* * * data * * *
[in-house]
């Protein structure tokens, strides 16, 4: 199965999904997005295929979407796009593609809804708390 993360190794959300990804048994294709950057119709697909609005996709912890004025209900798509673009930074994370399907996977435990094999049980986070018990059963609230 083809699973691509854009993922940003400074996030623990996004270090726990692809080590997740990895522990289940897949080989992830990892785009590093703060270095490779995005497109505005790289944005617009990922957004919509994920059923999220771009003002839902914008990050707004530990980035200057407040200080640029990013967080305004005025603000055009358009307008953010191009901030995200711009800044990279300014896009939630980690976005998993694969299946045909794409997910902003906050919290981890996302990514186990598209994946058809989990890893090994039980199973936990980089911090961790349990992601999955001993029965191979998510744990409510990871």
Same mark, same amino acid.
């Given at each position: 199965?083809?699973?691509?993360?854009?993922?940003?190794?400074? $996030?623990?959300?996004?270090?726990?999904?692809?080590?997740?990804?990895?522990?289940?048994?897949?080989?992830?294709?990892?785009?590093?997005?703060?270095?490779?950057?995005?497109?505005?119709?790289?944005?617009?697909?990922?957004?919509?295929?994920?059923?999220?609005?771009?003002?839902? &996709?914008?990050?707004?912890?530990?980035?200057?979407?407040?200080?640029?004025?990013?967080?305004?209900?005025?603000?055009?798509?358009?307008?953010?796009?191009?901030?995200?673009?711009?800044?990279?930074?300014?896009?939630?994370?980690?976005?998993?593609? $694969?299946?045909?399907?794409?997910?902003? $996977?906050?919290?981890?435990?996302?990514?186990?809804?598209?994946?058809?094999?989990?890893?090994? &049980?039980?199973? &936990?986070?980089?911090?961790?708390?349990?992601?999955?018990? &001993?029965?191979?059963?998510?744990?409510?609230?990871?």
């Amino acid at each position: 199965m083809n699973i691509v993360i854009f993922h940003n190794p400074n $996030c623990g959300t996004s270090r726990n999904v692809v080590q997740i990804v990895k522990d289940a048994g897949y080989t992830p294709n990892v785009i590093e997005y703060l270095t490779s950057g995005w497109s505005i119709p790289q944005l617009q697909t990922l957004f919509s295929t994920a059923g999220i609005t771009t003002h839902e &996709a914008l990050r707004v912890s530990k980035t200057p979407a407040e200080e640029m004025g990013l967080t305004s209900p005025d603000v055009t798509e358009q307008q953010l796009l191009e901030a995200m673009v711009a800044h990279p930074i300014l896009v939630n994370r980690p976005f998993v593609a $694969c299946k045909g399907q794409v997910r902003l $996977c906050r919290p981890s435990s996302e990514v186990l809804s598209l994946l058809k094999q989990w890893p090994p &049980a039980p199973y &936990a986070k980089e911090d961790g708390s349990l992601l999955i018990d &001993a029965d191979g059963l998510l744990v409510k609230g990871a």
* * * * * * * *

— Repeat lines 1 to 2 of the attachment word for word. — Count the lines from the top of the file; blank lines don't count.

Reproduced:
[in-house]
């Protein structure tokens, strides 16, 4: 199965999904997005295929979407796009593609809804708390 993360190794959300990804048994294709950057119709697909609005996709912890004025209900798509673009930074994370399907996977435990094999049980986070018990059963609230 083809699973691509854009993922940003400074996030623990996004270090726990692809080590997740990895522990289940897949080989992830990892785009590093703060270095490779995005497109505005790289944005617009990922957004919509994920059923999220771009003002839902914008990050707004530990980035200057407040200080640029990013967080305004005025603000055009358009307008953010191009901030995200711009800044990279300014896009939630980690976005998993694969299946045909794409997910902003906050919290981890996302990514186990598209994946058809989990890893090994039980199973936990980089911090961790349990992601999955001993029965191979998510744990409510990871």